solving skills, analytical thinking skills, autonomy and a sense of purpose.
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Annie Greeff & Associates t/a Quo Life E-mail: annie@anniegreeff.com Website: anniegreeff.com Mobile: +2782 886 6940
    Tel: +27 11 888 6663 Fax: 086 5188 145 Skype: anniegreeff PO Box 44827, Linden, 2104 SSETA ACC # 0029
Ghandi suggests that: ‘Real education consists of drawing the best out of yourself’. Although
this is true, it would be wrong to suggest that resilience is all about individual effort. It is
also about your connection with others and the support given within the environment in
which you live. The ideal is to create an understanding of the interconnectedness of
individuals, groups and society as a whole, thereby stimulating a sense of social
responsibility while also acknowledging that each person can make a difference.

It’s encouraging for schools to know that when staff are allowed to work in a protective
environment, over time, positive qualities form a stronger bond than that of the adverse
influences. So the ideal strategy for fostering resilience is to develop coping skills within the
individual and then to ensure that the person experiences connection with others within a
supportive environment. When these support factors act in synergy, they automatically
compensate for the areas in which the person experiences difficulty.

If extreme old age (over ninety) is the ultimate proof of resiliency, research findings based
on work done by Thomas Perls and Margery Hutter Silver (1999) indicate that the following
are common characteristics of well-adjusted people in old age: adaptability; assertiveness;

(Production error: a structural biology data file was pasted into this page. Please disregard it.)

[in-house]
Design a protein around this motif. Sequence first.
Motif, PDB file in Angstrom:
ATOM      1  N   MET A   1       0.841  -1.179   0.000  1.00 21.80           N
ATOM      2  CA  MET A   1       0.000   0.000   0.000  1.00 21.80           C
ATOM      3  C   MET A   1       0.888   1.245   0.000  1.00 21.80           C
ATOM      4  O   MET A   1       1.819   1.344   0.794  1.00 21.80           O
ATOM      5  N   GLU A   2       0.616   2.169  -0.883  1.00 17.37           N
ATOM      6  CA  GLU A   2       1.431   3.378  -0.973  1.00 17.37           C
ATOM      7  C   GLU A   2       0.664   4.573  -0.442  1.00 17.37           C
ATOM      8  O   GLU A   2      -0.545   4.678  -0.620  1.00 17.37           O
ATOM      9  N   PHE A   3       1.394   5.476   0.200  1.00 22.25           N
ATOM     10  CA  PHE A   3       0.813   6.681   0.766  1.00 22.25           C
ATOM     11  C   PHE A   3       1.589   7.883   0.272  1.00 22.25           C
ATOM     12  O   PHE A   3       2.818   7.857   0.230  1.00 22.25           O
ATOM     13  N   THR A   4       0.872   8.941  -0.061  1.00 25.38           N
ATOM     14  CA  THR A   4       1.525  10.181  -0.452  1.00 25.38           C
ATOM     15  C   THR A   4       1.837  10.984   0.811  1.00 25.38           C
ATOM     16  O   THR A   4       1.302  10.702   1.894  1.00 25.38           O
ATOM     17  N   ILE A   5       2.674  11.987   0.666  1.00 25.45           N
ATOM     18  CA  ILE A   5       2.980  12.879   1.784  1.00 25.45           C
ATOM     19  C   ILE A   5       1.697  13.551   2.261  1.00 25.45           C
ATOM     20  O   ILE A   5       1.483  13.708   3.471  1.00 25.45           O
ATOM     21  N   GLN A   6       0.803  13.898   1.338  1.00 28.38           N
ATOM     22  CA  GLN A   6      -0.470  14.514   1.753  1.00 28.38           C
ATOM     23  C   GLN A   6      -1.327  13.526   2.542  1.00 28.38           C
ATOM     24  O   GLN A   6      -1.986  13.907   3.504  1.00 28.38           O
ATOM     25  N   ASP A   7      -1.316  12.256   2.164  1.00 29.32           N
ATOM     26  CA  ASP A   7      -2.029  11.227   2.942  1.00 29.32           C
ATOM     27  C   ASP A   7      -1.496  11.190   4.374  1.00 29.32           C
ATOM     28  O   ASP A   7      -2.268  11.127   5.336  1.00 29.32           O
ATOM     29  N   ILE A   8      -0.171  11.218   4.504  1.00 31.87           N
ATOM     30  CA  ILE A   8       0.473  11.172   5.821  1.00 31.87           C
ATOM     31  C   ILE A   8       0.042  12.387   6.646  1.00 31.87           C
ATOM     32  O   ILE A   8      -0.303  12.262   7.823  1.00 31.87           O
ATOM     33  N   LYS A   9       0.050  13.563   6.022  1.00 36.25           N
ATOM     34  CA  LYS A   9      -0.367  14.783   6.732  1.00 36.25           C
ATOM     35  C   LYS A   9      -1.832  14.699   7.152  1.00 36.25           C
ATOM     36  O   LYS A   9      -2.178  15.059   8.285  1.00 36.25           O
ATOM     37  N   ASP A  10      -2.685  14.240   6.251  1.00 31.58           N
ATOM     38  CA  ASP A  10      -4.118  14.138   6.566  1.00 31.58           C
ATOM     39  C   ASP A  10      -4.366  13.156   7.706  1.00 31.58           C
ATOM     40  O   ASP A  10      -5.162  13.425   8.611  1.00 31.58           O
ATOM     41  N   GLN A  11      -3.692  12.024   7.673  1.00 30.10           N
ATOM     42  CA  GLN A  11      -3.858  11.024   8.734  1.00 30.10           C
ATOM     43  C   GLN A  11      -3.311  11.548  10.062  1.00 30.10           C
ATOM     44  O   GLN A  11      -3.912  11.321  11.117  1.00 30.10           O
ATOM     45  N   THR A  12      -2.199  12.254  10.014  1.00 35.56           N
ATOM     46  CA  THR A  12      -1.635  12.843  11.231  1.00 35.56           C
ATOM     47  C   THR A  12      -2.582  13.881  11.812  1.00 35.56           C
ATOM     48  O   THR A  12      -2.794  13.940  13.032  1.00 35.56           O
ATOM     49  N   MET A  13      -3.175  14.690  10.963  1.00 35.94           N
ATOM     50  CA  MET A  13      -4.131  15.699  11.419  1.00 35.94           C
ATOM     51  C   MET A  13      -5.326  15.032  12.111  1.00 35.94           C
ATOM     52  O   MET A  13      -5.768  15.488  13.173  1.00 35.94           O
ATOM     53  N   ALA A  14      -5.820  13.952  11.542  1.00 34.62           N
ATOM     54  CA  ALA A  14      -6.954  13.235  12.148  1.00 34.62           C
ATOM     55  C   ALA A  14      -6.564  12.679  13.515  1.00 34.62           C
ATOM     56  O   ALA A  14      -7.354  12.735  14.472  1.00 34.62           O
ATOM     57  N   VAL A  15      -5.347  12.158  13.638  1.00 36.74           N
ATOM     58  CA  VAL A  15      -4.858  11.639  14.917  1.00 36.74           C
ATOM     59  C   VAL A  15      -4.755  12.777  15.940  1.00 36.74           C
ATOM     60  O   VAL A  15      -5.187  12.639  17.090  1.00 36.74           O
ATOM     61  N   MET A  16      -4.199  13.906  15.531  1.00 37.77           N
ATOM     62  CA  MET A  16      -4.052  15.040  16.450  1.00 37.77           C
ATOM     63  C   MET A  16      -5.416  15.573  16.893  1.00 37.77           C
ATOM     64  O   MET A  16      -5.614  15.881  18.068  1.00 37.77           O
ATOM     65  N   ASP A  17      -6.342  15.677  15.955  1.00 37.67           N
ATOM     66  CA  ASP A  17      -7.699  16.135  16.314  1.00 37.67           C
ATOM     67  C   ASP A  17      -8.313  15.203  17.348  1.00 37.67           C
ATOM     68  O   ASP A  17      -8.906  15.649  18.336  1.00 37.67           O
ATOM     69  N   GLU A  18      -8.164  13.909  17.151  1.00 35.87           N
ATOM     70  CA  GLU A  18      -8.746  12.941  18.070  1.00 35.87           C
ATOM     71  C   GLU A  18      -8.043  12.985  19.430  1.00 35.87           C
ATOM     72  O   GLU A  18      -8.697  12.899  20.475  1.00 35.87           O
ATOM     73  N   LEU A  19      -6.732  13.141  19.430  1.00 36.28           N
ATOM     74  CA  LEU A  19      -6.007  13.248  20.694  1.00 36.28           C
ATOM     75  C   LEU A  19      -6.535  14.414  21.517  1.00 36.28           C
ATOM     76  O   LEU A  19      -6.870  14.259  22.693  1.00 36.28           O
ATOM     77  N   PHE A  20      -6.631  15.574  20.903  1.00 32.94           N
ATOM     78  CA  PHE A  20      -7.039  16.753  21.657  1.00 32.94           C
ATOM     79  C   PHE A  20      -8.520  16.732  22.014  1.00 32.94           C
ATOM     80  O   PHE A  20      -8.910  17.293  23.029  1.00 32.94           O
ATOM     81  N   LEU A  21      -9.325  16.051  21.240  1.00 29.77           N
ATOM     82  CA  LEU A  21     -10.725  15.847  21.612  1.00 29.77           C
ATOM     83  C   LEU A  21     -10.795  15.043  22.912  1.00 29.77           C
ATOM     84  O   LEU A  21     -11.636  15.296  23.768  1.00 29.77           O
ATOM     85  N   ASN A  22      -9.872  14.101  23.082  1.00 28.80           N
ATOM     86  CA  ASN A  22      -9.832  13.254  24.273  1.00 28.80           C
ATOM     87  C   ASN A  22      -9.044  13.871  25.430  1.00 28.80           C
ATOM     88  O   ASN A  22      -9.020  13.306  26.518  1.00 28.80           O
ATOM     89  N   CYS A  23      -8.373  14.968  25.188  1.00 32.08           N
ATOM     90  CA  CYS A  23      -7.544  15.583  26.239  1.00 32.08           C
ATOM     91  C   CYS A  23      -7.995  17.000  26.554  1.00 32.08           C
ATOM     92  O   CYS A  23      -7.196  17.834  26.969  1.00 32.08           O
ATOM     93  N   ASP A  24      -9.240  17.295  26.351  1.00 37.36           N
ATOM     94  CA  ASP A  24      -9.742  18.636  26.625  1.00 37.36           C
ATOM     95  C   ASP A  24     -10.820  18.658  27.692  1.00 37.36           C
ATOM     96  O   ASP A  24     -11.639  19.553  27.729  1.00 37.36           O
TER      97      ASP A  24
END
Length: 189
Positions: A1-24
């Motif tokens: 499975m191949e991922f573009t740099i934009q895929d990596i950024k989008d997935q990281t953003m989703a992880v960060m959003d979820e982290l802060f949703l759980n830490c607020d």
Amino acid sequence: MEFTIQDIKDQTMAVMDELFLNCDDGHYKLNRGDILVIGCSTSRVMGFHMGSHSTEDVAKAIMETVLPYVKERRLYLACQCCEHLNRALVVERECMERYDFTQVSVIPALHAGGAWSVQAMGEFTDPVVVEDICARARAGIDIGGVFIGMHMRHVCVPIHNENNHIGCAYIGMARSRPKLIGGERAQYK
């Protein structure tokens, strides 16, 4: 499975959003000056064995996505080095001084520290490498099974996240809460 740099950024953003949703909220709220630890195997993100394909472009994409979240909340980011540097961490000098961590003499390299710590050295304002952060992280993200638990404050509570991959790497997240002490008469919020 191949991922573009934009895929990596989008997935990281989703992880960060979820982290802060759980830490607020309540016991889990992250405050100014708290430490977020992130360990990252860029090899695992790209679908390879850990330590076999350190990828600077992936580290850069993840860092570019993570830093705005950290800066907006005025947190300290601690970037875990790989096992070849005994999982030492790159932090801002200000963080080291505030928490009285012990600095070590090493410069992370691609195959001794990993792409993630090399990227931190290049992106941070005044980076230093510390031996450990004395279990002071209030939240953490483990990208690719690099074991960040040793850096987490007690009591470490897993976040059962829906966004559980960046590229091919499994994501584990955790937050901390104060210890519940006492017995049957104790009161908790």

sense of humour; charisma; involvement; service to others; sense of purpose; caring
relatives and religion. On the flip side of the coin as age accelerators are: regrets and
bitterness; detachment; stubbornness to accept help; compulsiveness; emotional stress;
obesity; alcohol consumption; depression, smoking and inactivity.

What would it take to have teachers who could rise above the demands of the classroom
and find the energy to still have charisma, optimism and a sense of humour? Annie would
answer that part of what they need is to be able to value themselves as people while finding
meaning and purpose in what they do.

Resilience is not just about survival, it should include healing as well as growth and
happiness. Just coping is not enough, inner contentment is equally important. Hopefully, we
grow stronger and wiser with experience and develop a sense of gratitude and a deeper
appreciation of the gift we call life. Ultimately, perhaps as teachers who have so much
influence in shaping the future, we understand something about a collective purpose and
the privilege of being able to make a difference.
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Annie Greeff & Associates t/a Quo Life E-mail: annie@anniegreeff.com Website: anniegreeff.com Mobile: +2782 886 6940
    Tel: +27 11 888 6663 Fax: 086 5188 145 Skype: anniegreeff PO Box 44827, Linden, 2104 SSETA ACC # 0029